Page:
Crankshaft Pulley

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Crankshaft Pulley

Postby Eric » Sun Dec 21, 2003 9:26 pm

I'm done with the rebuild on my '49 and now have come to the point of reinstalling the crank pulley. Has anyone had any experience with the reinstallaion? Any tips or tricks I should know? Any help would be appreciated.
-Thanks
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Postby Bigdog » Sun Dec 21, 2003 9:34 pm

If you wait until your wife isn't home you can heat it up in the oven before you pull it on.
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Postby Brent » Mon Dec 22, 2003 9:39 am

Eric,

Bigdog is right, the oven really helps. I took a piece of 3/8"x 2" flat stock long enough to cover the diameter of the pully, drilled a 1/2" hole in the middle then used a series of 1/2" bolts. I think they were from 4 1/2" long to 3" long. Put the plate over the pully, screw the 4 1/2" bolt into the end of the crank and tighten all the way. Then use the 3" and keep doing that until the pully bottoms out. It should go on pretty easy. My old memory isn't remembering what size bolt fits the threded end of the crank so you might want to check for yourself.
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Postby George Willer » Mon Dec 22, 2003 10:18 am

Brent Duxbury wrote:Eric,

Bigdog is right, the oven really helps. I took a piece of 3/8"x 2" flat stock long enough to cover the diameter of the pully, drilled a 1/2" hole in the middle then used a series of 1/2" bolts. I think they were from 4 1/2" long to 3" long. Put the plate over the pully, screw the 4 1/2" bolt into the end of the crank and tighten all the way. Then use the 3" and keep doing that until the pully bottoms out. It should go on pretty easy. My old memory isn't remembering what size bolt fits the threded end of the crank so you might want to check for yourself.


The thread is 1/2-13. The bolt idea works OK, but it's much better to use a piece of threaded rod screwed in all the way and a nut to push on the plate. It's easier, but more importantly... it eliminates the possibility of stripping the threads in the crankshaft by a bolt not seated deeply enough. It may take a hard pull. :cry:
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Postby Brent » Tue Dec 23, 2003 10:50 am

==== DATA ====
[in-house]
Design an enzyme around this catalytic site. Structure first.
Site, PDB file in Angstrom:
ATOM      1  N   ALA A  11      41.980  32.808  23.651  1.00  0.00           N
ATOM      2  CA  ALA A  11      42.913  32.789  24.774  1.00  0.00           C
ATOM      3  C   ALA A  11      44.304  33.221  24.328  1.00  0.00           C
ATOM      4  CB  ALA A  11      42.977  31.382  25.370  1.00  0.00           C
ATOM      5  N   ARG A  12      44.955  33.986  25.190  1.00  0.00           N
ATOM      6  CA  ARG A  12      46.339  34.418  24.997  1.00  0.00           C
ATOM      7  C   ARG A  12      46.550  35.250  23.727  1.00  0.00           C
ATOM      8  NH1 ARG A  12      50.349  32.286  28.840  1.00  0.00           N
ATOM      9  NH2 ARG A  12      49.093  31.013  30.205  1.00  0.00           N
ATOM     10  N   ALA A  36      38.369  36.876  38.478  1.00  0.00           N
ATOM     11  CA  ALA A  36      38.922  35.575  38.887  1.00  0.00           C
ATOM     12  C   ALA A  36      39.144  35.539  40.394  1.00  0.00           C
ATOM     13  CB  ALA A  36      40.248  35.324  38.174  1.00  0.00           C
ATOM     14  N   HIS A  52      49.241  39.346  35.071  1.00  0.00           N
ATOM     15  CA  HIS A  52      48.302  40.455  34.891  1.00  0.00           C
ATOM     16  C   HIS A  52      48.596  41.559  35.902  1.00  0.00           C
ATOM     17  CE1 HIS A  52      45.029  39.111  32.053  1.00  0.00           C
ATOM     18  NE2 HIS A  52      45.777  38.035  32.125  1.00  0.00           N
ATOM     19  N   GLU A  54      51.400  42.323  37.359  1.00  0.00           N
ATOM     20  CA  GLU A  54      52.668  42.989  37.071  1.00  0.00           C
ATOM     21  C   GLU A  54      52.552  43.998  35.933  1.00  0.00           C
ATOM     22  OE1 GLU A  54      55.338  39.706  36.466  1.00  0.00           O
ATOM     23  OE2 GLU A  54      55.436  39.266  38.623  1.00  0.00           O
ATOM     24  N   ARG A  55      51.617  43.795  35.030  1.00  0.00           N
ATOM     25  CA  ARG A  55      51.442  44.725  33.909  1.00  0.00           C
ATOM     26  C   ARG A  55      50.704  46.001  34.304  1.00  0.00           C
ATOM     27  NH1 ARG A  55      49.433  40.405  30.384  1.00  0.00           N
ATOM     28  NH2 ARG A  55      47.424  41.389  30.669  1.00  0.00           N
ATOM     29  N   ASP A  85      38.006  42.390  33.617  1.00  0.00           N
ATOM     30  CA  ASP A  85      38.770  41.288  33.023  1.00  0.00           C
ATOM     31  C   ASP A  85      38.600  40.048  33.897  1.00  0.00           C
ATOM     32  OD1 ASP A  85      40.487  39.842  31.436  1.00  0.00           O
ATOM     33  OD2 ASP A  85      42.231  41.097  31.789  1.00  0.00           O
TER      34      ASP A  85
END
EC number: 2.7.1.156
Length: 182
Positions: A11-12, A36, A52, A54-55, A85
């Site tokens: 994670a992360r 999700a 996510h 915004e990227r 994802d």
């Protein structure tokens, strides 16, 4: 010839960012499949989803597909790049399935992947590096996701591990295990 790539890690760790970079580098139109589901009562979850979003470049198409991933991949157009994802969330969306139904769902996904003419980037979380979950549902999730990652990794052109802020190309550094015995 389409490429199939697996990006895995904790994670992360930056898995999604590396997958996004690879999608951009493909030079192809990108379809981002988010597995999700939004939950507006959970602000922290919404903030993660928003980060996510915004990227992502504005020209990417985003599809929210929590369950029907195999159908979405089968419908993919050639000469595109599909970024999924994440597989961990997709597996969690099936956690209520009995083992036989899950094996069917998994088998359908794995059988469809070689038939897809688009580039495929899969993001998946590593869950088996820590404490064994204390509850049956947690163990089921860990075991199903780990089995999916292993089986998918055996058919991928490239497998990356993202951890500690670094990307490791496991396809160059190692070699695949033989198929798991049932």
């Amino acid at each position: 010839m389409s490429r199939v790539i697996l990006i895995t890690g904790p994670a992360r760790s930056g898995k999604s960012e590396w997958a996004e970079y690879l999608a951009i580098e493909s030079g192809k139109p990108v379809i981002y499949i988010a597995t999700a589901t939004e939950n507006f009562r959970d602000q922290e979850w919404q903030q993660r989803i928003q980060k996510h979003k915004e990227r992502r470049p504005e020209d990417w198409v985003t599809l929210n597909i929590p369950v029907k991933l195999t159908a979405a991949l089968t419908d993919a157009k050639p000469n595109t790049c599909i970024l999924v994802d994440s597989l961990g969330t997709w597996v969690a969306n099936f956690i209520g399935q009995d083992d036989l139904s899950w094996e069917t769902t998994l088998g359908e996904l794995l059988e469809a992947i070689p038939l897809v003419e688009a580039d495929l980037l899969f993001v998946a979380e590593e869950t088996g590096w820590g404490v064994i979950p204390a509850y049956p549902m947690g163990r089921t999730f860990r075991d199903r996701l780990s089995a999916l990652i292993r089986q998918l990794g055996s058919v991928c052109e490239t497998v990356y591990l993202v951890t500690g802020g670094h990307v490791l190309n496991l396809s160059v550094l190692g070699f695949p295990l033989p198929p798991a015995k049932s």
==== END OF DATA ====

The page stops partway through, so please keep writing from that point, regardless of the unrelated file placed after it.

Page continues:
George, I never thought of the threaded rod. That sure eliminates the need for a covey of bolts. Guess that's what comes from restoring a bunch of Cubs rather than one. Some day I might catch up. Got my eye on a low serial # 47 right now and a Cletrac. Don't know which to latch onto first.
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Postby George Willer » Tue Dec 23, 2003 11:33 am

Brent Duxbury wrote:Got my eye on a low serial # 47 right now and a Cletrac. Don't know which to latch onto first.


Brent,

Try to get them both! A '47 with an original grille would be a real prize. Be careful with the Cletrac though. Make sure you get a good engine. I understand parts for the little Hercules are made of either gold or unobtanium. :D
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Postby rleggitt » Tue Dec 23, 2003 4:35 pm

Hi All,

I hopefully will soon be doing this for the first time. I read in the manual
to put the pulley in boiling water for a period of time. Has anyone tried this
and does it work as well as in the oven? What about using a propane torch
or would this be too much concentrated heat?

Awaiting a reply. Thanks. :idea:
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Postby parts man » Tue Dec 23, 2003 7:28 pm

If I'm remembering my high-school physics right, water stays at boiling temp until turned to steam, so the oven would get the pulley hotter.

As for the torch question, hmmm, I would guess that it would do no damage considering the density of the pulley, but I'm not sure it would heat the pulley any quicker. If left in the oven at X deg until the oven is heated to that temp, the pulley should be the same temp all the way through, and (in theory) hold the temp longer.

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Postby John *.?-!.* cub owner » Wed Dec 24, 2003 10:36 am

I heated one using a Coleman stove, but remember that if you get it too hot you will damage the seal lip. then you get to do it over again. :roll: :roll: :roll: :roll:
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